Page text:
Some fundamental things apply when selecting a PR agency and it is not all about who walks in through the door on pitch day – firstly take a look at yourself.
Why do you want external support and what do you want to achieve? Will the agency be an extension of your own efforts to date and a part of your wider marketing team, or a gun for hire, starting from scratch?
What budget do you have and what do you want the PR agency to help you with? Is it going to run the whole campaign or a mini-campaign for a key audience? What are your objectives?
If the PR campaign is going to deliver results, you need to be a team and you will need to get on. Chemistry and trust are important; you are going to be sharing a lot of information, much of which may be confidential.
Before you see a pitch, invite agencies over for a coffee, or do it at their place to get a feel for the working culture.
So, coffee time, mmm, cosy but don’t get too comfortable, get a feel for the agency. Who will actually be doing the work – the charmer in front of you, or someone mysteriously left back at the office?
What relevant experience does the agency have? A great consumer agency may get you tabloid coverage but could struggle with the acquisition deal looming on the horizon. Ask to see testimonials and campaigns for similar clients and budgets.
With regards the agency, are notes being taken? Are intelligent, probing questions being asked? Anyone can do a bit of Google research the day before a credentials meeting, not everyone can provide intelligent consultancy.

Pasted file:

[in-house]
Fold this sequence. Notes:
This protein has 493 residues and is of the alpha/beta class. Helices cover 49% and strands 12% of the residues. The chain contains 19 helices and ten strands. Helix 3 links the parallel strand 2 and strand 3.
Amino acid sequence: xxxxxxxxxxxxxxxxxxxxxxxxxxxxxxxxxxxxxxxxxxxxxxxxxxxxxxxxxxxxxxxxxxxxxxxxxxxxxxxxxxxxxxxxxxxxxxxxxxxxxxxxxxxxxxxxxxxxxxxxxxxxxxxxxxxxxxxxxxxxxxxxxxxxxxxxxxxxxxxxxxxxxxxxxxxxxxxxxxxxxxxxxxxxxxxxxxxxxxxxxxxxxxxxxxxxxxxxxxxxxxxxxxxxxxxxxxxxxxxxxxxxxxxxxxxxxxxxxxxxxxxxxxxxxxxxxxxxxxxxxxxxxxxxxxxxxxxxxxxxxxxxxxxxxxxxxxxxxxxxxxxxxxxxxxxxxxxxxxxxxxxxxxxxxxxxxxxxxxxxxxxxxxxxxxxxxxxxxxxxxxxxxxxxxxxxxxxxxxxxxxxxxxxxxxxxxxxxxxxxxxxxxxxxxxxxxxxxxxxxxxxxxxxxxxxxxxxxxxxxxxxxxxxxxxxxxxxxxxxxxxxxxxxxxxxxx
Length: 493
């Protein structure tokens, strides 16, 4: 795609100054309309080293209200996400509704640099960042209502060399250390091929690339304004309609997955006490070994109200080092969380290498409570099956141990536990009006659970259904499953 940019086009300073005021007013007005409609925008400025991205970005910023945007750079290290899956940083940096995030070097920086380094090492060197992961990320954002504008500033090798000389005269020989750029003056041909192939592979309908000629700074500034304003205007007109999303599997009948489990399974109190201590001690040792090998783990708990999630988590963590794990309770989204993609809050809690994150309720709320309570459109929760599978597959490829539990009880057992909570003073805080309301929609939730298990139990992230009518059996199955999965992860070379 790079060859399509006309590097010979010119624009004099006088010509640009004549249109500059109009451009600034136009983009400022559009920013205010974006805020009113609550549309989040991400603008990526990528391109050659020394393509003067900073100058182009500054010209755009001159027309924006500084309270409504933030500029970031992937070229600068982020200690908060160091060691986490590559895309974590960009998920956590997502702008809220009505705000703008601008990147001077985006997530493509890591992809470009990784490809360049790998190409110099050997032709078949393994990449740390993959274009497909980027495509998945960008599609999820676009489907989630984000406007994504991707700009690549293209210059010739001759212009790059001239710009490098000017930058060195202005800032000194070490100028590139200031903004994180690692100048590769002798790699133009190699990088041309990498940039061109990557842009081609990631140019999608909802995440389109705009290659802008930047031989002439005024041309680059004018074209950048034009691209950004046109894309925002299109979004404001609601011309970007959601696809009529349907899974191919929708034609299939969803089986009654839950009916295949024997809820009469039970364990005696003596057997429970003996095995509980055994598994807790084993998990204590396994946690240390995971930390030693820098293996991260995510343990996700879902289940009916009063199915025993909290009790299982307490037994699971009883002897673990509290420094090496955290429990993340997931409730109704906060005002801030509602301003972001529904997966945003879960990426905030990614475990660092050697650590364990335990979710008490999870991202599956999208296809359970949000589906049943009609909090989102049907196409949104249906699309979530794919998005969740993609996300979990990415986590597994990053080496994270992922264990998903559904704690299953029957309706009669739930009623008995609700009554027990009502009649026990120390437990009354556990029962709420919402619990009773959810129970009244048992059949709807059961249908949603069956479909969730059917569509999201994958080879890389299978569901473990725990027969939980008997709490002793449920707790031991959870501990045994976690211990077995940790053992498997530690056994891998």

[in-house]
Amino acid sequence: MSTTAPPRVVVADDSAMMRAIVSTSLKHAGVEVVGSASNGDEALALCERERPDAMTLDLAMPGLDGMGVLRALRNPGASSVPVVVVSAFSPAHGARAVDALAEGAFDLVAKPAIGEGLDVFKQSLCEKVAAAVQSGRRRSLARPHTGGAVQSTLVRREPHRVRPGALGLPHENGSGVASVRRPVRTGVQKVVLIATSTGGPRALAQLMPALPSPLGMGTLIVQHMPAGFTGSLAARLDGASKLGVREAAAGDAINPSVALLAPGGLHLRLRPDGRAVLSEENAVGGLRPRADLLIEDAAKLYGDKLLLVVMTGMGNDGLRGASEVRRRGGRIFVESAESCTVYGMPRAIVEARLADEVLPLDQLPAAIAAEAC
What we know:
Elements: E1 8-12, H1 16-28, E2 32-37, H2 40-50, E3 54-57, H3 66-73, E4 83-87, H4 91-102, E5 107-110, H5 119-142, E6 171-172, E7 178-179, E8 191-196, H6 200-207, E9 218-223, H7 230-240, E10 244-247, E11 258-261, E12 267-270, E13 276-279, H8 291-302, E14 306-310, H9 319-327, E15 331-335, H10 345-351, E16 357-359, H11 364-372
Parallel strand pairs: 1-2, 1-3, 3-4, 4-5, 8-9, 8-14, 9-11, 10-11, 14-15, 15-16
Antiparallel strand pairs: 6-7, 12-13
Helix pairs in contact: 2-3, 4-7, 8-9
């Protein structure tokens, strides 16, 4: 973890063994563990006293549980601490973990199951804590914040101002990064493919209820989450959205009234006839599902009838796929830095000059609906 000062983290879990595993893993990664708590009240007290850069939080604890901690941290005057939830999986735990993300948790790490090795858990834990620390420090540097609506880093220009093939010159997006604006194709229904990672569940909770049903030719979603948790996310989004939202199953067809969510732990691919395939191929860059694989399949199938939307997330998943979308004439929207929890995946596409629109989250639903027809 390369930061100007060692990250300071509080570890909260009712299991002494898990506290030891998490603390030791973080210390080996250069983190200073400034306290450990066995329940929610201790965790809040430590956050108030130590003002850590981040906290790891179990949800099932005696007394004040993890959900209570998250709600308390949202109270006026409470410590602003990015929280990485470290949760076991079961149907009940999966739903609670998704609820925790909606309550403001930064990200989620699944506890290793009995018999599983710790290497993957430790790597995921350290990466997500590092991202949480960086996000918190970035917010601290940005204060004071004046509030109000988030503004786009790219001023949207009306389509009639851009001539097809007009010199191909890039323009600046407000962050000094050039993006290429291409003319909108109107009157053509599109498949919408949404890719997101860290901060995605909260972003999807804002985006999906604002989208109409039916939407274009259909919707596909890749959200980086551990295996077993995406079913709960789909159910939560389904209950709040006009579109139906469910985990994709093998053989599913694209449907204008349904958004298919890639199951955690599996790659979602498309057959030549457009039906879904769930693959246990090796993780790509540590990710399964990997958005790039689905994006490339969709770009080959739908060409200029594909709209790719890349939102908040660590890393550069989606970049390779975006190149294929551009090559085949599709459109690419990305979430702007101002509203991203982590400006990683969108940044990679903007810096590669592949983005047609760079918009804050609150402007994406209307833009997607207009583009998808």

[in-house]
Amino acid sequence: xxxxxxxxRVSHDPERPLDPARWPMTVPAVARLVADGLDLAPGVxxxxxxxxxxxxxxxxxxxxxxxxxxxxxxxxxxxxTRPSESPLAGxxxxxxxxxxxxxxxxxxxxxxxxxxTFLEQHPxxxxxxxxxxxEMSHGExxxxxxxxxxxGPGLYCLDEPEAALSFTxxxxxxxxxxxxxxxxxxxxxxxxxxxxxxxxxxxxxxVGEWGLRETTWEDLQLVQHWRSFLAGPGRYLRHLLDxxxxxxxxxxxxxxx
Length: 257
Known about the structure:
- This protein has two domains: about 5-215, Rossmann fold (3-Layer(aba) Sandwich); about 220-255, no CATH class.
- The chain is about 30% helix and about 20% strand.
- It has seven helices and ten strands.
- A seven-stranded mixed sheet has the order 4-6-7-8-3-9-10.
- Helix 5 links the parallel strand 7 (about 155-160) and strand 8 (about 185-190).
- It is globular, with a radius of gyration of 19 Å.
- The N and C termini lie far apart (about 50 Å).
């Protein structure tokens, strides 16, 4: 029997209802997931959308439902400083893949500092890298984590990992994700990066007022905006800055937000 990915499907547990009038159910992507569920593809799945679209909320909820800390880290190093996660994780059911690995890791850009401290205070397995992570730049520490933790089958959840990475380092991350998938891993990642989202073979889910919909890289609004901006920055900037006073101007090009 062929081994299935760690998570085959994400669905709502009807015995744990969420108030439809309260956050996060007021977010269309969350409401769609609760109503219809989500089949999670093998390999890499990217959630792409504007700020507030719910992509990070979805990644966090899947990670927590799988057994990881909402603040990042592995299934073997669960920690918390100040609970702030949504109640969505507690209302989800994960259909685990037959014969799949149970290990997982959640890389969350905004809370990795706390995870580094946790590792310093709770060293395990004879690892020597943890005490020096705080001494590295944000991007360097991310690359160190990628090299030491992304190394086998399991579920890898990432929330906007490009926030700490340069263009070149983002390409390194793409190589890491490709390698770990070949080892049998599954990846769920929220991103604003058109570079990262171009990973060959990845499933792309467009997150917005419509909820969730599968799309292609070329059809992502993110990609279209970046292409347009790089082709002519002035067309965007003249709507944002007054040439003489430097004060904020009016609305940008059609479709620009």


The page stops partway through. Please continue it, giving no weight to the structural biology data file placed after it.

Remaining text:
Cosy credentials meetings over, invite a few back to pitch to your brief. This is essential. Define your objectives – target media, key messages, or just a “wish list” and don’t be afraid to give a ball-park budget. This helps to ensure an appropriate and realistic response. If you aren’t sure, ask for different approaches tailored to different budgets.
Beware the lurking extras
Ask the agencies to explain exactly how they work. Are they going to be proactive or sitting back waiting for your call? Are there any other extras lurking in the undergrowth such as evaluation and coverage reports? Compare apples with apples.
How important will your “account” be? Too desperate – they might be losing accounts, too casual – you may not get the attention you deserve. Also, ask about staff turnover, the industry is in constant flux, will your team be too?
Finally, once you have recruited, be realistic. PR campaigns often simmer gently for a couple of months. If you can, try to evaluate the campaign at three and six months intervals – your agency should be doing this anyway.
By then you will both know what works and what doesn’t and will be able to plot a new path together…or not.